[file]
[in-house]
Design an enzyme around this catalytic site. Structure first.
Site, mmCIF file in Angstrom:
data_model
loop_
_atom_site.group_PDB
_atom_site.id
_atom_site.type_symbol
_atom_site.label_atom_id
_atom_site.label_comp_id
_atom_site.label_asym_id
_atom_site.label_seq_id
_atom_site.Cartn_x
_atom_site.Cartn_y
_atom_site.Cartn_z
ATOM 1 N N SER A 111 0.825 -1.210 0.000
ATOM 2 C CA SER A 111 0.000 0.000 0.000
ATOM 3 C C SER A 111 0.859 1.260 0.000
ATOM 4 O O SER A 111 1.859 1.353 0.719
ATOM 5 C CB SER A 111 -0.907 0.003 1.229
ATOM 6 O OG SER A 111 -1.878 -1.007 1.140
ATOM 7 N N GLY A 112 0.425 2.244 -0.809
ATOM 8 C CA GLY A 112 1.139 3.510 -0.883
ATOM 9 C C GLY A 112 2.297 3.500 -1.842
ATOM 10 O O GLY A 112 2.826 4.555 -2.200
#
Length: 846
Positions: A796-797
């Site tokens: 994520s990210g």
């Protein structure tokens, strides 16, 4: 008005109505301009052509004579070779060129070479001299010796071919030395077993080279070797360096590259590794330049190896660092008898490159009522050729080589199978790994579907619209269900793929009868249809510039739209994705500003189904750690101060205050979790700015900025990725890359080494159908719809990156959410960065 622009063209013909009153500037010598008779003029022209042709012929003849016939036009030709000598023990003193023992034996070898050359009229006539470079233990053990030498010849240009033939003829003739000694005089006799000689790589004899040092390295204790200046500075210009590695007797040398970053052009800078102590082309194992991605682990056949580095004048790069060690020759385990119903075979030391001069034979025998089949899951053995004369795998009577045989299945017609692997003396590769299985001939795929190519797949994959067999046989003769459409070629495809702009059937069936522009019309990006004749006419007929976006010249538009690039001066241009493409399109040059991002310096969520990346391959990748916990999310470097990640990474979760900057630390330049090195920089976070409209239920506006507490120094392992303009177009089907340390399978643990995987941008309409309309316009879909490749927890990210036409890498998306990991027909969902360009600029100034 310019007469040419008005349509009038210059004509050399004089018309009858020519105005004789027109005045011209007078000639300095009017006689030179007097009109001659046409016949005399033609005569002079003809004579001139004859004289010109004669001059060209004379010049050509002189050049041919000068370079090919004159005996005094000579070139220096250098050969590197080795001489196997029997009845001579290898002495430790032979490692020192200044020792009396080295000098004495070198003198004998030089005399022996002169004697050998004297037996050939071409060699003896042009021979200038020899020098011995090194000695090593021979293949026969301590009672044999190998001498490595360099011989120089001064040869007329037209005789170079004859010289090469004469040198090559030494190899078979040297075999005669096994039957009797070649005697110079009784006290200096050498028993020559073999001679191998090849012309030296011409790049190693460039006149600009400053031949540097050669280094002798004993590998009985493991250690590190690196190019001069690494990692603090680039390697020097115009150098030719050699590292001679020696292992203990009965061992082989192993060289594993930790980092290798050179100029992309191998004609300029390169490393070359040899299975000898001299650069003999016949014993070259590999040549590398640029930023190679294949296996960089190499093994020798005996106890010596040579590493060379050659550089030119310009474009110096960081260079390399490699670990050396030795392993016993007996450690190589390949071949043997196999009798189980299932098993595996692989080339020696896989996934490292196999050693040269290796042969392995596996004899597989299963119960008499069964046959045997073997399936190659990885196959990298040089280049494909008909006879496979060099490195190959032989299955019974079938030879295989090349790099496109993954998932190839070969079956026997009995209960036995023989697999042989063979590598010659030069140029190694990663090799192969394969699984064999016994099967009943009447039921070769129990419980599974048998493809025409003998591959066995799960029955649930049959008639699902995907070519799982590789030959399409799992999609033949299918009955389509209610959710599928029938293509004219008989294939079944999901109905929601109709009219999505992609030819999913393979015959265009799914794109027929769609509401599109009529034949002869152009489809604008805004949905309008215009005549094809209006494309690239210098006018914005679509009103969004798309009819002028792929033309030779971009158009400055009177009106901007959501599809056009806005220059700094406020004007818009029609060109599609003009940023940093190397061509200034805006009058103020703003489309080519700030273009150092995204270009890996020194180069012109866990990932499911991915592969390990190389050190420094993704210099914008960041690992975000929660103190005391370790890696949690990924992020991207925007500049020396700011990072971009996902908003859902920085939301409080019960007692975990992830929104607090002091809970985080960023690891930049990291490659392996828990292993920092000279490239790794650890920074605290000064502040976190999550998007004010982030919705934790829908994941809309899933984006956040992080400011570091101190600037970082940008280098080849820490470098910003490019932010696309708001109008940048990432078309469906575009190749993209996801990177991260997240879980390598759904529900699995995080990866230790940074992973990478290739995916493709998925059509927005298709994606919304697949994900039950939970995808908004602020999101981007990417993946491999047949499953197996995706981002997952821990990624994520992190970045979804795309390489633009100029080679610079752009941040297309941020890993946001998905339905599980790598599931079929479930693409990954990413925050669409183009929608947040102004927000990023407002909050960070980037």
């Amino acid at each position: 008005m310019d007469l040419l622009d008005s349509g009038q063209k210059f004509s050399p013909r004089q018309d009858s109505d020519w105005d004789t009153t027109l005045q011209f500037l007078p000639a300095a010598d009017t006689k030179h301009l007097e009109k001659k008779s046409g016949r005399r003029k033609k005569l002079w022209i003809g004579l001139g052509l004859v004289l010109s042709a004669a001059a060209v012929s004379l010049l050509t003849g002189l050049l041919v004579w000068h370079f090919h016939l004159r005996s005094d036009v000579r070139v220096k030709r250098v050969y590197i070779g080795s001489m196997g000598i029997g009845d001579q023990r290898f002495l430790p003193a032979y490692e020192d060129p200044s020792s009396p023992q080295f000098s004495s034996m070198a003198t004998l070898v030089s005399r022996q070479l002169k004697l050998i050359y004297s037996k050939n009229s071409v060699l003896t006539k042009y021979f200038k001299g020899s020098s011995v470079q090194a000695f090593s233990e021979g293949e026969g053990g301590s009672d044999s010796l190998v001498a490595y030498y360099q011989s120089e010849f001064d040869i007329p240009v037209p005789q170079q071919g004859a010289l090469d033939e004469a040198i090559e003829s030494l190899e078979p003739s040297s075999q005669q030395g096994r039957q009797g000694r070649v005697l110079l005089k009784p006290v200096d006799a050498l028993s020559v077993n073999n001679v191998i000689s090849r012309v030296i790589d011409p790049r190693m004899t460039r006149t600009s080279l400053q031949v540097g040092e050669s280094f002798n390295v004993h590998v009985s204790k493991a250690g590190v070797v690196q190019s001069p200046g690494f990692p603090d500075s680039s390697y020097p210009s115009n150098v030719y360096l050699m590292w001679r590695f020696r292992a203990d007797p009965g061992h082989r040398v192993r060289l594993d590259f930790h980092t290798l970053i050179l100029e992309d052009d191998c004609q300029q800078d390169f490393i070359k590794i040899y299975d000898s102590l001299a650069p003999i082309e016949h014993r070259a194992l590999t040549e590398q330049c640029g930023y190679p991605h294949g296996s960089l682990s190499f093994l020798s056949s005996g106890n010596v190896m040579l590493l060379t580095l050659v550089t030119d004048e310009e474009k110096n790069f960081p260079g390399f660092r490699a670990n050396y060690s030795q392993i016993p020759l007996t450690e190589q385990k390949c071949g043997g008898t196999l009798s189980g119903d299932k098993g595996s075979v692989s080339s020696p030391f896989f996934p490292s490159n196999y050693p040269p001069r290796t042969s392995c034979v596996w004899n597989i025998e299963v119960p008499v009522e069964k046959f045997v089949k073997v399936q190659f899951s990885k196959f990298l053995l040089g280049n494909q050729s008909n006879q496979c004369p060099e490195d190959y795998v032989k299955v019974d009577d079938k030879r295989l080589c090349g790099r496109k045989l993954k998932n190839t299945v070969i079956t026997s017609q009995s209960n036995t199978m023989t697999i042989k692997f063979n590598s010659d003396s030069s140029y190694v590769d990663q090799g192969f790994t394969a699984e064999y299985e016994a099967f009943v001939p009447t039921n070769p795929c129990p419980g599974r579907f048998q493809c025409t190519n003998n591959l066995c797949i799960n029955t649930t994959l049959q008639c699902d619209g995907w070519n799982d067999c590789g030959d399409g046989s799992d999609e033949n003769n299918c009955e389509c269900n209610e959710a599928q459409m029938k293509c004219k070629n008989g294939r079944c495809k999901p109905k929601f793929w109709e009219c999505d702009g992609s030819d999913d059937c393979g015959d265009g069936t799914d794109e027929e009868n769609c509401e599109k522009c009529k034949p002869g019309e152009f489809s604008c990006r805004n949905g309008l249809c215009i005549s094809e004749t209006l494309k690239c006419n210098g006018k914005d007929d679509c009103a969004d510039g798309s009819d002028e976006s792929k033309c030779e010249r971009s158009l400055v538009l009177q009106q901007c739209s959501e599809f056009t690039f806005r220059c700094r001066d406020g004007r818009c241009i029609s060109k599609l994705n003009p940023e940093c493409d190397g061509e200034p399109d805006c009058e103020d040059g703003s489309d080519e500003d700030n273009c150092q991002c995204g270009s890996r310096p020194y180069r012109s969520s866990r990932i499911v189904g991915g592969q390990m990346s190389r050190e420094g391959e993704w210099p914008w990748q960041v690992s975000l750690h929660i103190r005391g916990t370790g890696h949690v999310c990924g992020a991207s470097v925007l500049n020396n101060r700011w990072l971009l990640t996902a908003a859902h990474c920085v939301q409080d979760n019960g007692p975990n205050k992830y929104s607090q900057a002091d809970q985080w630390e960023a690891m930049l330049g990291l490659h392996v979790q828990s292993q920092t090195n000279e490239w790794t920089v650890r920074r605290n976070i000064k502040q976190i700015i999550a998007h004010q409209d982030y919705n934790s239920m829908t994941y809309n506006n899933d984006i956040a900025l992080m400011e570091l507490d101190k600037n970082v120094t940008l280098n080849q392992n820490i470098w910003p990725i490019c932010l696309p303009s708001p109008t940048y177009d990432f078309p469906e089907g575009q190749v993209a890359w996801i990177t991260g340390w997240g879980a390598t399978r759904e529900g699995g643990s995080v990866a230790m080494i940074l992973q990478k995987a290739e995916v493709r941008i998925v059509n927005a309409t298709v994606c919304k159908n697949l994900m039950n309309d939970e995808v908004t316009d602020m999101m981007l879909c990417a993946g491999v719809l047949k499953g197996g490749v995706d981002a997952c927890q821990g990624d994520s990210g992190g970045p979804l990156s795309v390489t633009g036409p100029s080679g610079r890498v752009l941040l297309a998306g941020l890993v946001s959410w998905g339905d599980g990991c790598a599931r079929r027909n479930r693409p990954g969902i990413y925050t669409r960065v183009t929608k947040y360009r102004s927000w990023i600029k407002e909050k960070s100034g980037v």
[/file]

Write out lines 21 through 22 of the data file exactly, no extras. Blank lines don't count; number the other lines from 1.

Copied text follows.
ATOM 6 O OG SER A 111 -1.878 -1.007 1.140
ATOM 7 N N GLY A 112 0.425 2.244 -0.809